Ebenezer, Heartbreak, & Hope
Click Here to See the Kenya Photo Album
We also decided we would make them food. But what to make for 40 kids and adults in Kenya? After much deliberation, we decided upon spaghetti, because everybody loves it. With spaghetti sauce here pushing $5 per little jar, we decided to just buy 12 pounds of pasta, 10 pounds of crushed tomatoes, lots of spices, and make the lot of it from scratch. I'm glad we did, because it turned out deliciously. One sticking point was the actual cooking of the noodles and sauce, though. You see, here they cook using extremely high heat charcoals, so when the "stove" is on, there's no setting between 1-10. It's all just 11. After getting used to that, though, we were golden.
After dinner, we all watched a movie together in the dining room on a little 12 inch TV. It was at this point I realized that all the 80 inch flatscreen, 3D, 1080p, LED, 7.1 surround sound in the world can't hold a candle to watching Kung Fu Panda 2 with a roomful of kids all huddled around and engaged with every frame.
After half falling back asleep, I was again awoken, this time at 5am, to the sounds of the kids singing hymns, beautifully, from the dining hall. As much as the bed and pillow were calling my name, recording their singing so I could share it with you and the rest of the world spoke up more loudly. Dragged my lazy bones out of bed and into the hall, where I was serenaded for a few more tracks.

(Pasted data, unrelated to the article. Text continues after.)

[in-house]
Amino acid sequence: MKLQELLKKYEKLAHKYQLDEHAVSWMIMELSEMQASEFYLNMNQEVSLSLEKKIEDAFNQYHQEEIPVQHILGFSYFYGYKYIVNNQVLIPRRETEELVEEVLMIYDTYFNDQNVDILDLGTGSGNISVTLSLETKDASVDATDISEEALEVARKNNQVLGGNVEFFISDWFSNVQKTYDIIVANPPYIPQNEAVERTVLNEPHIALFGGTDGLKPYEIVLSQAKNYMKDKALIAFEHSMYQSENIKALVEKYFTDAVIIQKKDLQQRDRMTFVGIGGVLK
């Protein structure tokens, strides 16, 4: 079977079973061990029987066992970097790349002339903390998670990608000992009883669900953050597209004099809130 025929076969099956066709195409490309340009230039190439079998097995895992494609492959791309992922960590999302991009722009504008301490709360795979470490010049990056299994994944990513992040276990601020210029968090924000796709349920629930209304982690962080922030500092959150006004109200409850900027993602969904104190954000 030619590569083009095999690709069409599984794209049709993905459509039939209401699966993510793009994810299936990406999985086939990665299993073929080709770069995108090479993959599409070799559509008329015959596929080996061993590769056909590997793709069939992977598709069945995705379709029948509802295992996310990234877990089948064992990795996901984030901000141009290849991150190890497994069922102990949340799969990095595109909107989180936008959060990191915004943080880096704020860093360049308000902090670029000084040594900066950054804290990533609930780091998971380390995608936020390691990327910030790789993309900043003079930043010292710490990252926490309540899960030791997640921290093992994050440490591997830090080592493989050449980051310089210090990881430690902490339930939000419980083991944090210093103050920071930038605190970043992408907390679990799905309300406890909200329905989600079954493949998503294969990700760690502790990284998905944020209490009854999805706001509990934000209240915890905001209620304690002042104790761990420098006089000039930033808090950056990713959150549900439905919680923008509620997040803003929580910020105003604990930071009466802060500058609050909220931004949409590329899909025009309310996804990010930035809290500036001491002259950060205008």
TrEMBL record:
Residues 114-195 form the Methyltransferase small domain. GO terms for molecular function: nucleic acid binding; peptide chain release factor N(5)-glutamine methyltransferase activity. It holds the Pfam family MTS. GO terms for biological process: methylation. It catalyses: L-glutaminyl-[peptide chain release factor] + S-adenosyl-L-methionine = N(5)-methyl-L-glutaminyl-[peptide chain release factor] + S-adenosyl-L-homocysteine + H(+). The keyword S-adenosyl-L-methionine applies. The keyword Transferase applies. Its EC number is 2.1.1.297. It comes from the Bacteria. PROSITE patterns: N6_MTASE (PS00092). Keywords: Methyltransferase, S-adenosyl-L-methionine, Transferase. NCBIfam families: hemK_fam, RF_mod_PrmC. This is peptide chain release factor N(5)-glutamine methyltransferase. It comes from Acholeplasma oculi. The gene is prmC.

After breakfast, the kids were told to go to school and that the teachers, threatened with being fired if they didn't show up and end the strike, would arrive. The teachers were no-shows, so the kids came back home. That was a-ok with me, as it gave me a chance to check the progress of the rap class participants. I was a little disappointed to see that several of the kids who I'd hoped would participate in some of the "homework" I assigned lost interest, but it happens. There are a few who have progressed and are showing real promise, so I'll be sticking with them: Obadiah, Kevin, Ronaldo, and Angela.
After leaving Faraja in the afternoon, Megan and I were approached by a boy, 14 or so, in the street. Normally I just smile and wave, because 99% of the time when the kids come up to you and ask for something, it's just for money. But he didn't ask for money. He told us he was homeless and he wanted help and to live in an orphanage and go to school. His clothes were tattered. He told us he'd been living in the streets of Ngong for several months. I didn't know if he was a scout who was going to lead us to a group of older guys who would mug us and take our valuables, so after placing our money, phones, etc. back at our homestay, we walked with the boy, Joseph, over to Faraja.
Becky, one of the caretakers, came outside and spoke with him for a bit before inviting him inside for some tea. With the kids back from school, I was interested to see how they would react to a street kid coming through their door. To be honest, they didn't speak a word to him, but rather sized him up as kids do and kept their distance.
We then walked with Joseph up to the district children's office, waited for the official to show up, and then sat with him as he was interviewed by the officer so she could determine what to do with him. She told us some of his story didn't add up, and that she had to speak with him further, alone, to suss out more of his background. So with that, we left Joseph in her care, hoping that he got some needed help.